Embrace uniqueness: More than 700 degrees conferred during December commencement ceremonies

UM-Dearborn Commencement 2016

Grads pose for photos outside UM-Dearborn’s Fieldhouse. The university conferred more than 700 degrees on December 17.

Dr. David J. Brown encouraged graduates to embrace their uniqueness, while DTE Energy executive Ron A. May urged them to be flexible but focused as they work toward their goals during UM-Dearborn’s two commencement ceremonies December 17. The university conferred more than 700 degrees Saturday, including 511 bachelor’s degrees, 206 graduate degrees and 7 doctoral degrees.

Brown, associate vice president and associate dean for health equity and inclusion at U-M Health System, addressed graduates of the College of Arts, Sciences, and Letters and the College of Education, Health, and Human Services.

He spoke about how his experiences growing up as a biracial youth in New Jersey eventually prepared him to connect with people from varying cultures and backgrounds who felt like they saw themselves in him.

“The thing that actually bothered me when I was a child because I was different was actually my special uniqueness that facilitated others to trust me and allowed us to share what we have in common,” he said.

“I encourage all of you to celebrate your uniqueness, your diversity, and leverage that to your advantage. Contribute your unique and diverse talents and experiences to your team because the teams that are highly functional are very diverse. Diversity and inclusion allow teams to achieve higher quality, be more innovative and more competitive.”

Brown, a first-generation college student, went on to encourage graduates to search for people who believe in them and to keep working toward their goals.

“Chase the dream—I almost gave up on my dream,” he said as he recounted the story of how he was initially denied an interview for U-M’s residency program before a mentor and advocate spoke on his behalf. “Act on your dreams and persevere.”

In the morning ceremony, May, executive vice president of major enterprise projects at DTE Energy, addressed graduates of the College of Business and the College of Engineering and Computer Science. He reflected on lessons learned during his own time as a U-M undergraduate student, drawing comparisons between the political and social unrest of the late 1960s/early 1970s and today.

“The current events of today seem so profound and unique… [But] we realize that the many challenges that have occurred in your lifetime and in your four years are pretty cyclical,” he said after speaking about how he worked his way through college during the era of the Vietnam War.

“My message to you is pretty simple. Be integrity-filled. There are always a lot of distractions in life—only let those that help you move forward with your vision be well attended. Finally, if you [take away] a single thought from today’s celebration, I would urge you to give back to today’s society.”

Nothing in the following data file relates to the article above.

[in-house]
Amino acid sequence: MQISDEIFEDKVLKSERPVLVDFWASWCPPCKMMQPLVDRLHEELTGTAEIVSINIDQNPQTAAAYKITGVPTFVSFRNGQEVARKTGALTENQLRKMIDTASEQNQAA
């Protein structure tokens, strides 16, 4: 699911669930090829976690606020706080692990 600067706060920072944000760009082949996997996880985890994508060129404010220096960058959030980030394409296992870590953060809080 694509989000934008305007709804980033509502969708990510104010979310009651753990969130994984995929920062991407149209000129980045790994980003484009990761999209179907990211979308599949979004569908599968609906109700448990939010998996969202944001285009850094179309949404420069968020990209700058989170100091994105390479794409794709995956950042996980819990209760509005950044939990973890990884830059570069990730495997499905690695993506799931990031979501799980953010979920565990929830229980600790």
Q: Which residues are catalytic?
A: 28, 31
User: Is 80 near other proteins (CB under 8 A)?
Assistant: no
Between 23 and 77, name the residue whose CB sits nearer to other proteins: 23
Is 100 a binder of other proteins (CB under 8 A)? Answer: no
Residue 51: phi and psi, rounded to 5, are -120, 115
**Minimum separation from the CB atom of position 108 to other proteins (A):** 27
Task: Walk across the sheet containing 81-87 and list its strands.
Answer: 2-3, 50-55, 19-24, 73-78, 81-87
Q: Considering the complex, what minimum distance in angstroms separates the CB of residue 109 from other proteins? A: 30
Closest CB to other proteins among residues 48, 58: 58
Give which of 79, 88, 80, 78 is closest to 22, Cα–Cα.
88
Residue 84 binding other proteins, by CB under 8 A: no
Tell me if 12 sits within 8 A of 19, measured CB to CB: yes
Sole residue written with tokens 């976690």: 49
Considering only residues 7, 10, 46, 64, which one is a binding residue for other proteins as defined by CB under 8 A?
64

Following his remarks, May received the university’s Distinguished Leadership Award, which is given to an individual who has made a significant contribution to campus development. Chancellor Daniel Little recognized May for his advocacy on behalf of UM-Dearborn at DTE Energy—which has led to university student placements, research opportunities and strategic partnerships with the company—and his support of the region as a whole.

Little also presented five student awards over the course of the two ceremonies. These students were recipients of the Chancellor’s Medallion Award in recognition of their strong academic record, quality of character, intellect and integrity:

  • Canton resident Angelina Camilleri, College of Arts, Sciences, and Letters
  • Canton resident Joshua Postel, College of Arts, Sciences, and Letters
  • Dearborn resident Fariha Rafiq, College of Engineering and Computer Science
  • Livonia resident Jennifer Schweizer, College of Education, Health, and Human Services
  • Dearborn Heights resident Maria Rodriguez, College of Business

Students Katrina Stack and Courtney Ford also addressed their classmates, both speaking about the impact of attending a campus that values inclusion.

Stack, a College of Arts, Sciences, and Letters graduate, spoke at the afternoon ceremony.

“Our diversity as a student body is something that I believe makes us that much more prepared to leave here today and begin the journey ahead of each and every one of us,” she said. “The world is a diverse place. The differences among us have greatly enriched my education, often teaching me more about different cultures, religions, countries, history and people than I could have ever learned from a textbook.”

Ford, a College of Business graduate, shared similar sentiments earlier that day when speaking to graduates during the morning ceremony.

“One thing that makes me proud to be a UM-Dearborn student is our commitment to inclusion and diversity. Because we all come from different paths and backgrounds, UM-Dearborn provides a unique opportunity for us to learn about other cultures, religions and worldviews,” she said. “These experiences gave us the tools and knowledge that we need to be successful in a constantly changing job market and to also be kind, inclusive global citizens.”

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